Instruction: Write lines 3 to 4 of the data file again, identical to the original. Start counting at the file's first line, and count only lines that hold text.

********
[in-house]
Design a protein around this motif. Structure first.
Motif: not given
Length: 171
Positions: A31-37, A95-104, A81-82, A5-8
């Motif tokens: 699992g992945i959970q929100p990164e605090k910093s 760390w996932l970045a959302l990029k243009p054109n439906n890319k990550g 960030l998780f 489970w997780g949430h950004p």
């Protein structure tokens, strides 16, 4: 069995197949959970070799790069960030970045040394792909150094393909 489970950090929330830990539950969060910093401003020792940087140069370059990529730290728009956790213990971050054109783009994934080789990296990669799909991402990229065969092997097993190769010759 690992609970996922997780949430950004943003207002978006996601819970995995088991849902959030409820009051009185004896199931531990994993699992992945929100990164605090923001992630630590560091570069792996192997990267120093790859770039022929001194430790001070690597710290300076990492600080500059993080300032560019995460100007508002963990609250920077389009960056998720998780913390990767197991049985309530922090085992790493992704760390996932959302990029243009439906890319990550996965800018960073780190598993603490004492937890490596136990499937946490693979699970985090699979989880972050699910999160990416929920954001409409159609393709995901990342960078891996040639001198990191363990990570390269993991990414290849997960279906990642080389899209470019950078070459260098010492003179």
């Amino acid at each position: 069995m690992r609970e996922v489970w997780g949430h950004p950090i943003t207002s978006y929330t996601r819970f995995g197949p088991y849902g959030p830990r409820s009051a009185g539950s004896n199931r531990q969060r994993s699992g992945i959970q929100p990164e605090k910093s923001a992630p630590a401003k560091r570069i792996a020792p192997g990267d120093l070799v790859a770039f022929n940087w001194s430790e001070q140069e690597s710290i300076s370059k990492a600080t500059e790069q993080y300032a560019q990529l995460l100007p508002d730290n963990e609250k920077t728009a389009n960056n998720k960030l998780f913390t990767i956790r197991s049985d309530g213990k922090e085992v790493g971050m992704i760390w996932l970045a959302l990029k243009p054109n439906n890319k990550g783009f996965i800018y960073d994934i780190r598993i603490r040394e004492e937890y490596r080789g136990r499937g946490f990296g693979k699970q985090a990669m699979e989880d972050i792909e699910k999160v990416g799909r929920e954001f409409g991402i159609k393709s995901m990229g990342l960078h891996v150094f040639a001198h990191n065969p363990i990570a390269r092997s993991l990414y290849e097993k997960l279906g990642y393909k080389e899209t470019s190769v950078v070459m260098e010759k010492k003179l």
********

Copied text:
Motif: not given
Length: 171